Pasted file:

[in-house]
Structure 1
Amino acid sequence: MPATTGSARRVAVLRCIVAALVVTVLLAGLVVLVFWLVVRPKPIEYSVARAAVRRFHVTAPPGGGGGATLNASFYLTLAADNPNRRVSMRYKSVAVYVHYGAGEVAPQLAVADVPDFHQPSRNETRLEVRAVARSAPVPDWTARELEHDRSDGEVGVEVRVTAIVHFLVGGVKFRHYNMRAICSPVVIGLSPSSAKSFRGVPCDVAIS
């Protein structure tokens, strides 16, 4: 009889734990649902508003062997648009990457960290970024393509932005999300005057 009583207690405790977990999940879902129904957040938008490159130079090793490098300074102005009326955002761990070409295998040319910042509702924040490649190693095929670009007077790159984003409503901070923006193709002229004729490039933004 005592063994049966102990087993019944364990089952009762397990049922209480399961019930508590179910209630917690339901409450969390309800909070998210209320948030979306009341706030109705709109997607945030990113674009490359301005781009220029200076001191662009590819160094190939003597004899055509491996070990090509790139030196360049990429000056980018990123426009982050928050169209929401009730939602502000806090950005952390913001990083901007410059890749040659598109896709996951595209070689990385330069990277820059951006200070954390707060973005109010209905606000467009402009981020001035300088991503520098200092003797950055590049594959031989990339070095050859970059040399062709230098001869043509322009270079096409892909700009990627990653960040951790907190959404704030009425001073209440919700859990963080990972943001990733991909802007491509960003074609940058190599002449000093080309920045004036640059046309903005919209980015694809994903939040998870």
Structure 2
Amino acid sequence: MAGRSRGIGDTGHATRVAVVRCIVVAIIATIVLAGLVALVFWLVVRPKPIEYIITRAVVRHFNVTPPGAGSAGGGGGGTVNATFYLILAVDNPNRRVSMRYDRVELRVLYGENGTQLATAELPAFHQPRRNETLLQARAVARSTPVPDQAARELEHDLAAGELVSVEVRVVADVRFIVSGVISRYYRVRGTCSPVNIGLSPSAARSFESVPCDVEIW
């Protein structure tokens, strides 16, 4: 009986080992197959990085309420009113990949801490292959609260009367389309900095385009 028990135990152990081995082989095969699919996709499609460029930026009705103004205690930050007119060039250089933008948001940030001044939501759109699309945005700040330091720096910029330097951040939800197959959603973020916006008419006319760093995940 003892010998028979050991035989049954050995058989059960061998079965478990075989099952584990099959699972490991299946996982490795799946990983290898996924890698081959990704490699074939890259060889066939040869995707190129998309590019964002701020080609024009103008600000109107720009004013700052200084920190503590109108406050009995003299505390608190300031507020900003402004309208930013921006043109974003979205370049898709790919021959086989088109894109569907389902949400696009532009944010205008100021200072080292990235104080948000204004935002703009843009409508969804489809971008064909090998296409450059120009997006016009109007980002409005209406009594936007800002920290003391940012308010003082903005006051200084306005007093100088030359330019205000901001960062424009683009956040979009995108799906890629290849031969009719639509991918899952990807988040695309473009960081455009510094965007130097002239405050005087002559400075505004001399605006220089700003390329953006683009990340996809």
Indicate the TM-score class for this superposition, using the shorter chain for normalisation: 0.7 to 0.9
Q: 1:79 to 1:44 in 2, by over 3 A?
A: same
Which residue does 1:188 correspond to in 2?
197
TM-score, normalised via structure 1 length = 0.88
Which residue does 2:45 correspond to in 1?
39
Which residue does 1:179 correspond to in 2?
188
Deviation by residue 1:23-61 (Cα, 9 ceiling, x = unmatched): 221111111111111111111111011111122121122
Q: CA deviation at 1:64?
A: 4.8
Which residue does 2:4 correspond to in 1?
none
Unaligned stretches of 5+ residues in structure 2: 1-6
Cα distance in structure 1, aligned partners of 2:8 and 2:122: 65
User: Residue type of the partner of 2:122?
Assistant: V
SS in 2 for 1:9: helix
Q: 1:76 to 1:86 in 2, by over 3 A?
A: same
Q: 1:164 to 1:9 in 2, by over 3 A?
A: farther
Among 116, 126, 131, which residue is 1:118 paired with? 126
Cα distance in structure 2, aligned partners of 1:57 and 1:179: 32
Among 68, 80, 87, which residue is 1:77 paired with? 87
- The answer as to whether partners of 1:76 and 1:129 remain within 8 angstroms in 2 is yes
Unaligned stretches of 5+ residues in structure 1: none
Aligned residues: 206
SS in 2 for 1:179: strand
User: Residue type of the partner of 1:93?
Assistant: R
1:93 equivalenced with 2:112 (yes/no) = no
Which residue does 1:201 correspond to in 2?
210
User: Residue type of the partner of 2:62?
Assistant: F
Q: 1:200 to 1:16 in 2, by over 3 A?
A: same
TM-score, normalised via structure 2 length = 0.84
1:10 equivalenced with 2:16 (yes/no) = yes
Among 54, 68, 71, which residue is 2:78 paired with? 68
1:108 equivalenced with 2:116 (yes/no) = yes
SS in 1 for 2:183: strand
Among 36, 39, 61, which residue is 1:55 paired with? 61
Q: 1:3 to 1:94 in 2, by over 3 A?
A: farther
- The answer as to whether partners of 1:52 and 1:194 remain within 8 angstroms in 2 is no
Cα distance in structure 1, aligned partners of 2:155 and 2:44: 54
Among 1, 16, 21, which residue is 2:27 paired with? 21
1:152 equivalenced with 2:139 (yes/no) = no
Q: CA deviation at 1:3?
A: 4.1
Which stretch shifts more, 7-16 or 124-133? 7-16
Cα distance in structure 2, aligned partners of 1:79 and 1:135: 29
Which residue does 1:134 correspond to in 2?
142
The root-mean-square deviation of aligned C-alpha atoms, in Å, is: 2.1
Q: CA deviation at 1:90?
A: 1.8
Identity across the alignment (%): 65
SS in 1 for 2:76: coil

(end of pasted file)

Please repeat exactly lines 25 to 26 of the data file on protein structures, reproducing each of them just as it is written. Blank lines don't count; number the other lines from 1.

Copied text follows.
User: Residue type of the partner of 2:122?
Assistant: V